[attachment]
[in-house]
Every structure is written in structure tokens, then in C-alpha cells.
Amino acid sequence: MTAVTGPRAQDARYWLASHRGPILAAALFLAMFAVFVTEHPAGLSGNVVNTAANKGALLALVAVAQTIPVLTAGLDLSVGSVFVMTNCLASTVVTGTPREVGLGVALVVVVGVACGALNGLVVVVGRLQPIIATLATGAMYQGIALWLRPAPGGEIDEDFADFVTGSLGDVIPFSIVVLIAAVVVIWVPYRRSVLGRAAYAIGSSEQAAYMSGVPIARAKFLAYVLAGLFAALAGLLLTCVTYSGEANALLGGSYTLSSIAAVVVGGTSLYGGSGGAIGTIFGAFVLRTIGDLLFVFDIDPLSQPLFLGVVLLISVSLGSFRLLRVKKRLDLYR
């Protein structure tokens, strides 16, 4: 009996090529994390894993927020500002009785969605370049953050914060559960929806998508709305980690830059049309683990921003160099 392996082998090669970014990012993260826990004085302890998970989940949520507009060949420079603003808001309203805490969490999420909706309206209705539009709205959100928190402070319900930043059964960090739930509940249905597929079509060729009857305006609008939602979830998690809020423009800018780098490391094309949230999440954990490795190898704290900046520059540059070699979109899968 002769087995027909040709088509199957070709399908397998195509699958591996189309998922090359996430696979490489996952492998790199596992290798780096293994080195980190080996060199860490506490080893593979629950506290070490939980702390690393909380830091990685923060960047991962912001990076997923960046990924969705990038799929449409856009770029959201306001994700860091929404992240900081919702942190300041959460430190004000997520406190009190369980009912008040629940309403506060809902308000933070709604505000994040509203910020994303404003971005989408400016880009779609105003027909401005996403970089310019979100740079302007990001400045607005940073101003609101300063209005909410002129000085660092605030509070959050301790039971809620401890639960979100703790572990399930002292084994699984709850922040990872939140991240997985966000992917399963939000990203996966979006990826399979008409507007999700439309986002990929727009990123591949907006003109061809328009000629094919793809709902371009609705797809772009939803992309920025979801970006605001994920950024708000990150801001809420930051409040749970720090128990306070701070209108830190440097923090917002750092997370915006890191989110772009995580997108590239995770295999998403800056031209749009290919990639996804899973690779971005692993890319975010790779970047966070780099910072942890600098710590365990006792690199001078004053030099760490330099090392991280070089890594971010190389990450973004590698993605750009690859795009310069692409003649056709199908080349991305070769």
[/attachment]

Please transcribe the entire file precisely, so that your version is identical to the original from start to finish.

[in-house]
Every structure is written in structure tokens, then in C-alpha cells.
Amino acid sequence: MTAVTGPRAQDARYWLASHRGPILAAALFLAMFAVFVTEHPAGLSGNVVNTAANKGALLALVAVAQTIPVLTAGLDLSVGSVFVMTNCLASTVVTGTPREVGLGVALVVVVGVACGALNGLVVVVGRLQPIIATLATGAMYQGIALWLRPAPGGEIDEDFADFVTGSLGDVIPFSIVVLIAAVVVIWVPYRRSVLGRAAYAIGSSEQAAYMSGVPIARAKFLAYVLAGLFAALAGLLLTCVTYSGEANALLGGSYTLSSIAAVVVGGTSLYGGSGGAIGTIFGAFVLRTIGDLLFVFDIDPLSQPLFLGVVLLISVSLGSFRLLRVKKRLDLYR
């Protein structure tokens, strides 16, 4: 009996090529994390894993927020500002009785969605370049953050914060559960929806998508709305980690830059049309683990921003160099 392996082998090669970014990012993260826990004085302890998970989940949520507009060949420079603003808001309203805490969490999420909706309206209705539009709205959100928190402070319900930043059964960090739930509940249905597929079509060729009857305006609008939602979830998690809020423009800018780098490391094309949230999440954990490795190898704290900046520059540059070699979109899968 002769087995027909040709088509199957070709399908397998195509699958591996189309998922090359996430696979490489996952492998790199596992290798780096293994080195980190080996060199860490506490080893593979629950506290070490939980702390690393909380830091990685923060960047991962912001990076997923960046990924969705990038799929449409856009770029959201306001994700860091929404992240900081919702942190300041959460430190004000997520406190009190369980009912008040629940309403506060809902308000933070709604505000994040509203910020994303404003971005989408400016880009779609105003027909401005996403970089310019979100740079302007990001400045607005940073101003609101300063209005909410002129000085660092605030509070959050301790039971809620401890639960979100703790572990399930002292084994699984709850922040990872939140991240997985966000992917399963939000990203996966979006990826399979008409507007999700439309986002990929727009990123591949907006003109061809328009000629094919793809709902371009609705797809772009939803992309920025979801970006605001994920950024708000990150801001809420930051409040749970720090128990306070701070209108830190440097923090917002750092997370915006890191989110772009995580997108590239995770295999998403800056031209749009290919990639996804899973690779971005692993890319975010790779970047966070780099910072942890600098710590365990006792690199001078004053030099760490330099090392991280070089890594971010190389990450973004590698993605750009690859795009310069692409003649056709199908080349991305070769």